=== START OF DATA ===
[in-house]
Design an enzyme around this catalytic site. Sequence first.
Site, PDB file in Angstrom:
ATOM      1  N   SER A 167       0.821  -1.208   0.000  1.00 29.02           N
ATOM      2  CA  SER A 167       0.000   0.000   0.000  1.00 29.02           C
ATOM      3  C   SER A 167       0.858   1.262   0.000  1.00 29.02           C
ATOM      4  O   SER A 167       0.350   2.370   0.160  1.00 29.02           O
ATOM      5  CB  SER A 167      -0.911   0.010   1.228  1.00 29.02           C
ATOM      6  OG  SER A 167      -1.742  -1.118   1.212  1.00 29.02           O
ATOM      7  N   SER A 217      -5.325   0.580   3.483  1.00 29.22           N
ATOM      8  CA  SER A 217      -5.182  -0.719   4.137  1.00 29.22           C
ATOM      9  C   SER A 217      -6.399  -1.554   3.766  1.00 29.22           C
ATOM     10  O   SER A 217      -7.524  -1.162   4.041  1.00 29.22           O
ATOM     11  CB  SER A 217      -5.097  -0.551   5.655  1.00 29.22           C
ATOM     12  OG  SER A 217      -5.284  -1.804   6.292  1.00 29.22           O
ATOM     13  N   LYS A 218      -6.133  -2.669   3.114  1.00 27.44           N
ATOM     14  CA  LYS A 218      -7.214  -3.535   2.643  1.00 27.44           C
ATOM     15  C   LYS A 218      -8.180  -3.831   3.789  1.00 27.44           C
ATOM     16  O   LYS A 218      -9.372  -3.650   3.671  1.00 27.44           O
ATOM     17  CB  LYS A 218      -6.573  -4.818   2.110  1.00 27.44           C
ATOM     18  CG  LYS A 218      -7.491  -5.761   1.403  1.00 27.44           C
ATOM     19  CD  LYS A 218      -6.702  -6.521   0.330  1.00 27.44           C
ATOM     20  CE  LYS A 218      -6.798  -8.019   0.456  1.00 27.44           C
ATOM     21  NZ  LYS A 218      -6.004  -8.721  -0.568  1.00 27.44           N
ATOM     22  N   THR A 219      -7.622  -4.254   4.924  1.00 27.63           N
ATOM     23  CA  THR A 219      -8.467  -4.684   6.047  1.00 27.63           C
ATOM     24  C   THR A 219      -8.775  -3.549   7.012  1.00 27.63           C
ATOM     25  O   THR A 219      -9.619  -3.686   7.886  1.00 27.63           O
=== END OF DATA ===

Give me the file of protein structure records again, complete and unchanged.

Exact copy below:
[in-house]
Design an enzyme around this catalytic site. Sequence first.
Site, PDB file in Angstrom:
ATOM      1  N   SER A 167       0.821  -1.208   0.000  1.00 29.02           N
ATOM      2  CA  SER A 167       0.000   0.000   0.000  1.00 29.02           C
ATOM      3  C   SER A 167       0.858   1.262   0.000  1.00 29.02           C
ATOM      4  O   SER A 167       0.350   2.370   0.160  1.00 29.02           O
ATOM      5  CB  SER A 167      -0.911   0.010   1.228  1.00 29.02           C
ATOM      6  OG  SER A 167      -1.742  -1.118   1.212  1.00 29.02           O
ATOM      7  N   SER A 217      -5.325   0.580   3.483  1.00 29.22           N
ATOM      8  CA  SER A 217      -5.182  -0.719   4.137  1.00 29.22           C
ATOM      9  C   SER A 217      -6.399  -1.554   3.766  1.00 29.22           C
ATOM     10  O   SER A 217      -7.524  -1.162   4.041  1.00 29.22           O
ATOM     11  CB  SER A 217      -5.097  -0.551   5.655  1.00 29.22           C
ATOM     12  OG  SER A 217      -5.284  -1.804   6.292  1.00 29.22           O
ATOM     13  N   LYS A 218      -6.133  -2.669   3.114  1.00 27.44           N
ATOM     14  CA  LYS A 218      -7.214  -3.535   2.643  1.00 27.44           C
ATOM     15  C   LYS A 218      -8.180  -3.831   3.789  1.00 27.44           C
ATOM     16  O   LYS A 218      -9.372  -3.650   3.671  1.00 27.44           O
ATOM     17  CB  LYS A 218      -6.573  -4.818   2.110  1.00 27.44           C
ATOM     18  CG  LYS A 218      -7.491  -5.761   1.403  1.00 27.44           C
ATOM     19  CD  LYS A 218      -6.702  -6.521   0.330  1.00 27.44           C
ATOM     20  CE  LYS A 218      -6.798  -8.019   0.456  1.00 27.44           C
ATOM     21  NZ  LYS A 218      -6.004  -8.721  -0.568  1.00 27.44           N
ATOM     22  N   THR A 219      -7.622  -4.254   4.924  1.00 27.63           N
ATOM     23  CA  THR A 219      -8.467  -4.684   6.047  1.00 27.63           C
ATOM     24  C   THR A 219      -8.775  -3.549   7.012  1.00 27.63           C
ATOM     25  O   THR A 219      -9.619  -3.686   7.886  1.00 27.63           O